If you care to read Ted Chiang‘s “Story Of Your Life,” the 39-page short story that Denis Villenueve‘s Arrival (Paramount, 11.11)is based upon, here it is.

If that sounds too hard, here are excerpts from the Wikipedia synopsis of Chiang’s story, to wit:

“Dr. Louise Banks (Amy Adams) is enlisted by the military to communicate with a race of aliens — called Heptapods — who’ve landed on earth and are looking to learn and communicate.

“The Heptapods’ spoken language is known as Heptapod A (harder to learn than Japanese or Czech) while Heptapod B is their written language, Heptapod B has such complex structure that a single semagram (or determinative) cannot be excluded without changing the entire meaning of a sentence.”

Are you getting a feeling that Arrival is going to be a very cerebral experience — i.e., the anti-Independence Day? Which is good, right? Who wants to watch another bonehead alien-invasion flick? Why then do I wish that Jeff Goldblum was costarring in Arrival instead of Forrest Whitaker, who’s always hulking, panting and slurring his words?

A friend who’s read Eric Heisserer‘s Arrival screenplay offers the following:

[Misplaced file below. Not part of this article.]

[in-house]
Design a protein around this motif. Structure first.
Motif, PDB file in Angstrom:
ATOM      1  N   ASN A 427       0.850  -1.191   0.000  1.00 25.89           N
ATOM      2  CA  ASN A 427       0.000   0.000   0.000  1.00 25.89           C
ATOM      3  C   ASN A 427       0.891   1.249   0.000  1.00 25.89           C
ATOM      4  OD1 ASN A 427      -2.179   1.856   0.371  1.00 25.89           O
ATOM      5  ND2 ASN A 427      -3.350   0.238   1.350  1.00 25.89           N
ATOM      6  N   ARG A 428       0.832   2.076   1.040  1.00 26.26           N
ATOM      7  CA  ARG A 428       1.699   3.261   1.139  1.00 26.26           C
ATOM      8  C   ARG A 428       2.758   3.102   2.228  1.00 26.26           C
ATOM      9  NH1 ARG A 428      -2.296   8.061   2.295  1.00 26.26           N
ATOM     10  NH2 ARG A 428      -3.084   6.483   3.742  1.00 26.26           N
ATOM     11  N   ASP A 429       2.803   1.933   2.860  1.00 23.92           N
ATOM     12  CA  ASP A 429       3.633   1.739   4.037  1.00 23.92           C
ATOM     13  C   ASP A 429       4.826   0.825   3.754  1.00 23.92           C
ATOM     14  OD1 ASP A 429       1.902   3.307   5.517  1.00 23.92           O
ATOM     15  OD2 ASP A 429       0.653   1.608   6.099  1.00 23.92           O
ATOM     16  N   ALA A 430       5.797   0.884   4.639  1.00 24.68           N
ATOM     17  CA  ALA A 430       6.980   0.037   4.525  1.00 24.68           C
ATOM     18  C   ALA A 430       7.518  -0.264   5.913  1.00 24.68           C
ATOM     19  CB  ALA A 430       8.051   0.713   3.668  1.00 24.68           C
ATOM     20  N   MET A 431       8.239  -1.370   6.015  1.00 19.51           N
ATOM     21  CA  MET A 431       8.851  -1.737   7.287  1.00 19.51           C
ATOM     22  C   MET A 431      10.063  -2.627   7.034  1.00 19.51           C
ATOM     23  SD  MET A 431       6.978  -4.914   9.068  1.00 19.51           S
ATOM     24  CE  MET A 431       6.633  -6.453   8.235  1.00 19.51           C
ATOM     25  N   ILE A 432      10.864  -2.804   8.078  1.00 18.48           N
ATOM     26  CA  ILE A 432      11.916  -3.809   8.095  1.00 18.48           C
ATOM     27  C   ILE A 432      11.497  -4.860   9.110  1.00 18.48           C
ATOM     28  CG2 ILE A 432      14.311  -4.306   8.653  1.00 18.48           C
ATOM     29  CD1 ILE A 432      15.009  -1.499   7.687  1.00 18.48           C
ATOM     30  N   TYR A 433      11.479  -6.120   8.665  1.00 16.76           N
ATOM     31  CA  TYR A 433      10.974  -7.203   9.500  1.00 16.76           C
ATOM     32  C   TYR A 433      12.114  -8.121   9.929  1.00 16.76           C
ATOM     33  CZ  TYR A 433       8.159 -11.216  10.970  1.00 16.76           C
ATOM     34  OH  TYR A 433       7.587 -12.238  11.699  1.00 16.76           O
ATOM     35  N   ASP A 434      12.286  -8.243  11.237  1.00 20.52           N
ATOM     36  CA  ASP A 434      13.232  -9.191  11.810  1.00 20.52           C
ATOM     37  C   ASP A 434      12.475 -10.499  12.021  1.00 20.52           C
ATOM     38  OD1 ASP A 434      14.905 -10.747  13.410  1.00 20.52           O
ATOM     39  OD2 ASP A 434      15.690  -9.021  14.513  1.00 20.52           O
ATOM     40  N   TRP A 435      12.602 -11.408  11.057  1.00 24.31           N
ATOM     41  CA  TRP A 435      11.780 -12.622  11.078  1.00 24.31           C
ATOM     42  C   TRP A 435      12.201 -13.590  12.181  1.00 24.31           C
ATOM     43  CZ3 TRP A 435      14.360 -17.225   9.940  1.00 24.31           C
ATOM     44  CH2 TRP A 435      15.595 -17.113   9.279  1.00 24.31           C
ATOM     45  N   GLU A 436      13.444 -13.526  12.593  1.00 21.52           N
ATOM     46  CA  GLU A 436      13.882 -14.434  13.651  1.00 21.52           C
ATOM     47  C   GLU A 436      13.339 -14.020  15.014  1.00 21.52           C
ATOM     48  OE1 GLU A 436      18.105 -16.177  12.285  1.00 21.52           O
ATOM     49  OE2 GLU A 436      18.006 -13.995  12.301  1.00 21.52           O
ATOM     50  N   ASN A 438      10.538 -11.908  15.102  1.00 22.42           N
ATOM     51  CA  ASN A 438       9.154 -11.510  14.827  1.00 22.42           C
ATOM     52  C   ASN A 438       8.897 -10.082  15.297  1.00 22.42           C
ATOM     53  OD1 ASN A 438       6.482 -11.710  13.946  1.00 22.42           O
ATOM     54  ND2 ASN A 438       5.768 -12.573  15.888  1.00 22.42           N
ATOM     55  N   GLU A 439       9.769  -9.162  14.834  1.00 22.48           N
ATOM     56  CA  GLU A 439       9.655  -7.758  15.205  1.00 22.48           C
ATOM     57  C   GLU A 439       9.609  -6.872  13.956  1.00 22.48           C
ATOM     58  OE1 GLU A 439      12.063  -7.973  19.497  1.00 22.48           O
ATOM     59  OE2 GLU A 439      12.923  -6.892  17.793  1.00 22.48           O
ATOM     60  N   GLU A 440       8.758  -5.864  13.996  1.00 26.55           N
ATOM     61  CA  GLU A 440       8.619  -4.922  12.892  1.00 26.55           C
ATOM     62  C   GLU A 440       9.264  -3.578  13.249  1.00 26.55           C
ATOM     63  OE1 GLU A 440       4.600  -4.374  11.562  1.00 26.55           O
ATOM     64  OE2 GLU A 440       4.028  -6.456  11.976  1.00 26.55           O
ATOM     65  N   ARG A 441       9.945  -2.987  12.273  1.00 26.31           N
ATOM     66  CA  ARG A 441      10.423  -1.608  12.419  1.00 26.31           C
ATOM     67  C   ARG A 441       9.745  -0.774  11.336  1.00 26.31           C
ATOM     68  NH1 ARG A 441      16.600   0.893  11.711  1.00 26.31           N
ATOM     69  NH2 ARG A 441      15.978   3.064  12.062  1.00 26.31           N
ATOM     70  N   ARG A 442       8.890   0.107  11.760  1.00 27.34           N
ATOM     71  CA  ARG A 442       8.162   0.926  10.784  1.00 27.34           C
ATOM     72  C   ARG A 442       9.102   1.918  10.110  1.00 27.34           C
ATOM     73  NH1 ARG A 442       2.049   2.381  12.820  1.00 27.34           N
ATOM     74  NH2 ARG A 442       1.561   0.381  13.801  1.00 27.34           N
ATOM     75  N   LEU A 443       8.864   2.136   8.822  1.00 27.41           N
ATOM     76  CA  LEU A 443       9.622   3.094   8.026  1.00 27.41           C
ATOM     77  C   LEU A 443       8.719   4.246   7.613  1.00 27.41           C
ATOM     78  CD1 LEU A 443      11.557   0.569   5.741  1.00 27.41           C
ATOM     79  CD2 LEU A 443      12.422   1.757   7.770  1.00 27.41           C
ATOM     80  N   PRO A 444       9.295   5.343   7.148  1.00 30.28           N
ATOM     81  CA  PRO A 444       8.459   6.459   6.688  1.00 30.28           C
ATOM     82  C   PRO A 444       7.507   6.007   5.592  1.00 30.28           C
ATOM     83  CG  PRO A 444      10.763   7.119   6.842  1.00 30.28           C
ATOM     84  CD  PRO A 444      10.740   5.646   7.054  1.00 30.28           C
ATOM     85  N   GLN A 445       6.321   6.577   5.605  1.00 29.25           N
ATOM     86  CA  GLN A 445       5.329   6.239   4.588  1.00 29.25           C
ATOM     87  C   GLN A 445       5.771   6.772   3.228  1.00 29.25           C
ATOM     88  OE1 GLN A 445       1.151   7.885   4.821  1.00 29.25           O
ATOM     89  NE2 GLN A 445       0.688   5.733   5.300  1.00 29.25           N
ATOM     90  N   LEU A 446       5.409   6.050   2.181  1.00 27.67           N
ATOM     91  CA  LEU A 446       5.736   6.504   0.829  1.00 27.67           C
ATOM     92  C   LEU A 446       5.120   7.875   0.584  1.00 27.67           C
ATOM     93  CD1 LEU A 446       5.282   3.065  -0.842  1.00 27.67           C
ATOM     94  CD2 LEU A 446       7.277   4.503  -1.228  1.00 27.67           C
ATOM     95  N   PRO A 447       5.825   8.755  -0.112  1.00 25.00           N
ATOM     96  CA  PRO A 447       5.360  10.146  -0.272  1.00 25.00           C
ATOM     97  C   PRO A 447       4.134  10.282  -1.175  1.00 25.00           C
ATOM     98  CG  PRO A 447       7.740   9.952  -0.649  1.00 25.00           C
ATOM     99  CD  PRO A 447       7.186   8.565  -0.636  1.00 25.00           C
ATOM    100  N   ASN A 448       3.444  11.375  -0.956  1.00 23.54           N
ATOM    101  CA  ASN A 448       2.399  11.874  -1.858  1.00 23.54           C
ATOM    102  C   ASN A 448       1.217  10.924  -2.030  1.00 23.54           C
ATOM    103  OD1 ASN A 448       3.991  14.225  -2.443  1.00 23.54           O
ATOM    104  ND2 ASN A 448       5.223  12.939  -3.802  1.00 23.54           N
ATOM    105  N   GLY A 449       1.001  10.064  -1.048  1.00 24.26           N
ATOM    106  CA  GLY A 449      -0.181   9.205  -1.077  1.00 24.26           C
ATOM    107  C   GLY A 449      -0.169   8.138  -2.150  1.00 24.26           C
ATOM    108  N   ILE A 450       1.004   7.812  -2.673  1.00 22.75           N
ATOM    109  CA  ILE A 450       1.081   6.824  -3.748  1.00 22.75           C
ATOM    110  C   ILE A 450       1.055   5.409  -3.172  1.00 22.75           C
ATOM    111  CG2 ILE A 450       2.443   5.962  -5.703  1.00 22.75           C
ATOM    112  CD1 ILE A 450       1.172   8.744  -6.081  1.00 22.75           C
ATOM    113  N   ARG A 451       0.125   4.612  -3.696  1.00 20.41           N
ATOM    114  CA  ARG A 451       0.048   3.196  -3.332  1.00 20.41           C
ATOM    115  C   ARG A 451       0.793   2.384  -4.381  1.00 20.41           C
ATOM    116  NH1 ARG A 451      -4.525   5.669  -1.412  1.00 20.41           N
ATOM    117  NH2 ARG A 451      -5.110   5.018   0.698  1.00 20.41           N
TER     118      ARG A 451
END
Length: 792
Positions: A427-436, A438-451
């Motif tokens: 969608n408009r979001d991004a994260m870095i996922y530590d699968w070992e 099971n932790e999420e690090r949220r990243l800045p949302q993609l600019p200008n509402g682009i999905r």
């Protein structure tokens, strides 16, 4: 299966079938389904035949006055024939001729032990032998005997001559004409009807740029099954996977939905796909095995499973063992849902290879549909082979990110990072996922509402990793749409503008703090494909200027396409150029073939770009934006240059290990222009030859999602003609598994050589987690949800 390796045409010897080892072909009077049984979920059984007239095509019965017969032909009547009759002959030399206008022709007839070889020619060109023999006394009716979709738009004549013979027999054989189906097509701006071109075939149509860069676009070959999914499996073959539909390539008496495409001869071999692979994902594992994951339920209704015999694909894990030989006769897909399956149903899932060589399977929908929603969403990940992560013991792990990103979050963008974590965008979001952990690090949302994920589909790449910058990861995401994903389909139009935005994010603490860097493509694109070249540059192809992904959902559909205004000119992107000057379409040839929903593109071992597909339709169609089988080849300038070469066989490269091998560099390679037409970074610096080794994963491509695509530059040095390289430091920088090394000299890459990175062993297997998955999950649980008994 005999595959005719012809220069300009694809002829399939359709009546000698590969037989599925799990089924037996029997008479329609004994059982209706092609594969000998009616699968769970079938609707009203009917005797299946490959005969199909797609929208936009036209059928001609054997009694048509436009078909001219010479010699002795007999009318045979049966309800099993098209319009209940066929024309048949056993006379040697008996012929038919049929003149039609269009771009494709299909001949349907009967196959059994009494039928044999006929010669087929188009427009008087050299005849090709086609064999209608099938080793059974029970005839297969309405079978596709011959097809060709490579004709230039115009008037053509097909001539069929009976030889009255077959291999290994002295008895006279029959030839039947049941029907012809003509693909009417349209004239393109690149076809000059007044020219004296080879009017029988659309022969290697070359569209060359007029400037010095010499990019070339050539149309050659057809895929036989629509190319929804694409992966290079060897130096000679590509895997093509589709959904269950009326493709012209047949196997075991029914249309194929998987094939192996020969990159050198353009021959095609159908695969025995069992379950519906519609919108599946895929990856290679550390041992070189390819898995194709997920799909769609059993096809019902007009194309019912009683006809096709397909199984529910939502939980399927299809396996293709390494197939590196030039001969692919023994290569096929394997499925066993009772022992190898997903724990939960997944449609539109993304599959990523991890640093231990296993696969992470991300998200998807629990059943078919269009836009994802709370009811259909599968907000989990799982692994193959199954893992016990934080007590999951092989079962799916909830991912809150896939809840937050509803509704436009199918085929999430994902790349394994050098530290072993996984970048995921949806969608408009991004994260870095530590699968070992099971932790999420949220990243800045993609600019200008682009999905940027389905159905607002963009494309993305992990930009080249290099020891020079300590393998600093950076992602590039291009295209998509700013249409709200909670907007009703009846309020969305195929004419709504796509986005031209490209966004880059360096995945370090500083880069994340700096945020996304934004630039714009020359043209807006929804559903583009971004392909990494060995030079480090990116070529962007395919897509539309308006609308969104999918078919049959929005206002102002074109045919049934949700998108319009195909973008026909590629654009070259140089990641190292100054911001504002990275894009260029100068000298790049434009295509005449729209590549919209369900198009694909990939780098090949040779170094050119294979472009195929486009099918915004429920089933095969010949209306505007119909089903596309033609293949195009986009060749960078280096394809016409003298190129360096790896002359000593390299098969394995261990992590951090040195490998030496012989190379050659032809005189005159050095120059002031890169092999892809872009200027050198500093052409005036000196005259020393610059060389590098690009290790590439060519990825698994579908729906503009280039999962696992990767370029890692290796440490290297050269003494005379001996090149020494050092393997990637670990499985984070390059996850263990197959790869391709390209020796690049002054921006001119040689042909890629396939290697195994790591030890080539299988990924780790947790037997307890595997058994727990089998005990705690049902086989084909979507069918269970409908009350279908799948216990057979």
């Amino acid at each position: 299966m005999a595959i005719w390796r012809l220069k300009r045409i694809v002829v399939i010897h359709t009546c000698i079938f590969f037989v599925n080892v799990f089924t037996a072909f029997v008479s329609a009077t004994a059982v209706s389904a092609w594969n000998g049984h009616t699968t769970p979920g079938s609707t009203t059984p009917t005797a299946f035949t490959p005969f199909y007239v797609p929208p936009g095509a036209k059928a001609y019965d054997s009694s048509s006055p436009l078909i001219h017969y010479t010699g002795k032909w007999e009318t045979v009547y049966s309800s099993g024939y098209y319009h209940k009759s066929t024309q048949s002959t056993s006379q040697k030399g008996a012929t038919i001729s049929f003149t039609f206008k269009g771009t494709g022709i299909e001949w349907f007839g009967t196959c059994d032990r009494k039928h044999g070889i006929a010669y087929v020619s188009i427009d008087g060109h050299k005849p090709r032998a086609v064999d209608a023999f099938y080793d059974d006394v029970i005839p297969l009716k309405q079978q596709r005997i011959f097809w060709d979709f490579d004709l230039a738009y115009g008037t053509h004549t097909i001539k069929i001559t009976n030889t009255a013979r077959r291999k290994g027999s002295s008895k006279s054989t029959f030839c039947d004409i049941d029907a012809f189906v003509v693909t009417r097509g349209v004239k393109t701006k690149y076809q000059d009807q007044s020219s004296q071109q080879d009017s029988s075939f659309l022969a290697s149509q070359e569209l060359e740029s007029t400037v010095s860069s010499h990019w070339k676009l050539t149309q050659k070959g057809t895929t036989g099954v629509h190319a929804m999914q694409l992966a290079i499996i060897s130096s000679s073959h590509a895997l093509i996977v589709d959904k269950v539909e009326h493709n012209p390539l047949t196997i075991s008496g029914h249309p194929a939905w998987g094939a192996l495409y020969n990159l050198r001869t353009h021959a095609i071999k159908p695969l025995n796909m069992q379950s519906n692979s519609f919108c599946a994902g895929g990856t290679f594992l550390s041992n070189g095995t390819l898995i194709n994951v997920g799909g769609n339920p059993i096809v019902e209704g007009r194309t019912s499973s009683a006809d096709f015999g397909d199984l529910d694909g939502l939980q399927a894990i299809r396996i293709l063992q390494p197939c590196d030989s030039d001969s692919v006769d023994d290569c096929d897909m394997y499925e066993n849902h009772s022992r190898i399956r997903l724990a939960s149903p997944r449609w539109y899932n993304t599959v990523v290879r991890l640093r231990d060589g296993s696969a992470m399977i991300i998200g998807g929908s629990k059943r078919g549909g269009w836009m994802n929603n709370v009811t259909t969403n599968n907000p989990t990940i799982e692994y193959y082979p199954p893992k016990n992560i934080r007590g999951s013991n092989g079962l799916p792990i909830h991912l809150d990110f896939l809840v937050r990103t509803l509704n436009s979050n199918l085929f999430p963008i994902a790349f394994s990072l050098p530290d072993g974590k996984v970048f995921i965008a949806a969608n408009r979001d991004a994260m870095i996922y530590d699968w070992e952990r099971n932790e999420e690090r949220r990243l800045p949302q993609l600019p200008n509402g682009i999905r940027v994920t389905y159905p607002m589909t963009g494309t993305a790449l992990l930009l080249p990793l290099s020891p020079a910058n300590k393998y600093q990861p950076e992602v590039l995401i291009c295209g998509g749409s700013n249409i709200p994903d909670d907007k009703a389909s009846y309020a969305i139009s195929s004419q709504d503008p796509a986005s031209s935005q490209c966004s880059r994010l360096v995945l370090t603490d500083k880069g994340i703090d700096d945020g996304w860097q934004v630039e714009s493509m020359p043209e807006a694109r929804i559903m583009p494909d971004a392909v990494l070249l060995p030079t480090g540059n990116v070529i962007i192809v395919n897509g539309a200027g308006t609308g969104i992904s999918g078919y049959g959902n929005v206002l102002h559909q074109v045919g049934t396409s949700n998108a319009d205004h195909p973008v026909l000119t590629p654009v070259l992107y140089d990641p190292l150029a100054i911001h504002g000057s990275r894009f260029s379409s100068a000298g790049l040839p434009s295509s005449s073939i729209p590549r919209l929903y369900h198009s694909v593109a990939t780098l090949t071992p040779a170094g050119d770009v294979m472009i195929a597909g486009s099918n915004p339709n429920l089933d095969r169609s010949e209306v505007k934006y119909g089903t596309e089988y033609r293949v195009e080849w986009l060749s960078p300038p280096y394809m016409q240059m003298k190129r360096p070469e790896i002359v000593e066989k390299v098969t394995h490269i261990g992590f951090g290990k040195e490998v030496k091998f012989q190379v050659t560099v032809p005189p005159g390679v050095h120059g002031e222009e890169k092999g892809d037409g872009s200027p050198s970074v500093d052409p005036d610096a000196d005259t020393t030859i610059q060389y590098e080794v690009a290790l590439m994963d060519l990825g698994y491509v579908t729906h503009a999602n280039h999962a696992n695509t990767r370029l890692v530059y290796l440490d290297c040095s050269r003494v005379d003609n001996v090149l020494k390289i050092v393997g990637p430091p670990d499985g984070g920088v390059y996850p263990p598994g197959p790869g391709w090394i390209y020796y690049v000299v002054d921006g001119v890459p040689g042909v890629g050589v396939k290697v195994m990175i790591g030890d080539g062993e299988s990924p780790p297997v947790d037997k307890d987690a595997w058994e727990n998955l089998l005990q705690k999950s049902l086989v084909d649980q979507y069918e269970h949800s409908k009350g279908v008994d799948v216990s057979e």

“The script bears some resemblance to Chiang’s story in that it takes a key part of the theme — that communication is everything. It doesn’t follow the minutiae of translating Heptapod A or B into English, which occupies portions of the short story. The tone of the script has more in common with Close Encounters of the Third Kind than the action beats of Independence Day.

“In the script Amy’s character discovers that the aliens have arrived to decide whether the human race is dangerous to civilization and therefore worthy of extermination, or a race worthy of survival for their altruism. Which is more or less the same mindset of Michael Rennie‘s alien race in The Day The Earth Stood Still.

“Amy is the one who breaks through to the Heptapods and saves the world. The script also cuts back and forth to the belligerent countries who want to nuke the pods, in which case all would be lost. There’s also a love story at the center of things.

“The script is very smart — I’m curious to see how they pull it off.”

In Chiang’s short story there’s a Heptapod named Rasberry. I didn’t ask if there’s an alien with that name in the script.